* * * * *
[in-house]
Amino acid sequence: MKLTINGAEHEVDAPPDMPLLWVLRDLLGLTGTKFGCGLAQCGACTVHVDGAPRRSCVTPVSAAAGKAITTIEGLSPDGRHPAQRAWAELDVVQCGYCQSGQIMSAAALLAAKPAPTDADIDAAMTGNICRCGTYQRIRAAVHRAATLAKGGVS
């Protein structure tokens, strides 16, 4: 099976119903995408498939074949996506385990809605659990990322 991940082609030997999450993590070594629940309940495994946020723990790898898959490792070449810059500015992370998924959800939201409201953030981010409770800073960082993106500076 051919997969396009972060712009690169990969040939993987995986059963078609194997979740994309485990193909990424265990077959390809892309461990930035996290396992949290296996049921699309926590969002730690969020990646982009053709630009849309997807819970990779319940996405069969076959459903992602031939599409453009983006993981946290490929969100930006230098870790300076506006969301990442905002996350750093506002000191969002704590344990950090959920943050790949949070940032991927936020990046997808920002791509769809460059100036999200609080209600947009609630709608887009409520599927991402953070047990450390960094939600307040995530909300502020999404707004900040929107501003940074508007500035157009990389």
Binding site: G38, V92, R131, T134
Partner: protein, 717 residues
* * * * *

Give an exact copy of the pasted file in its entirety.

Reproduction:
[in-house]
Amino acid sequence: MKLTINGAEHEVDAPPDMPLLWVLRDLLGLTGTKFGCGLAQCGACTVHVDGAPRRSCVTPVSAAAGKAITTIEGLSPDGRHPAQRAWAELDVVQCGYCQSGQIMSAAALLAAKPAPTDADIDAAMTGNICRCGTYQRIRAAVHRAATLAKGGVS
């Protein structure tokens, strides 16, 4: 099976119903995408498939074949996506385990809605659990990322 991940082609030997999450993590070594629940309940495994946020723990790898898959490792070449810059500015992370998924959800939201409201953030981010409770800073960082993106500076 051919997969396009972060712009690169990969040939993987995986059963078609194997979740994309485990193909990424265990077959390809892309461990930035996290396992949290296996049921699309926590969002730690969020990646982009053709630009849309997807819970990779319940996405069969076959459903992602031939599409453009983006993981946290490929969100930006230098870790300076506006969301990442905002996350750093506002000191969002704590344990950090959920943050790949949070940032991927936020990046997808920002791509769809460059100036999200609080209600947009609630709608887009409520599927991402953070047990450390960094939600307040995530909300502020999404707004900040929107501003940074508007500035157009990389």
Binding site: G38, V92, R131, T134
Partner: protein, 717 residues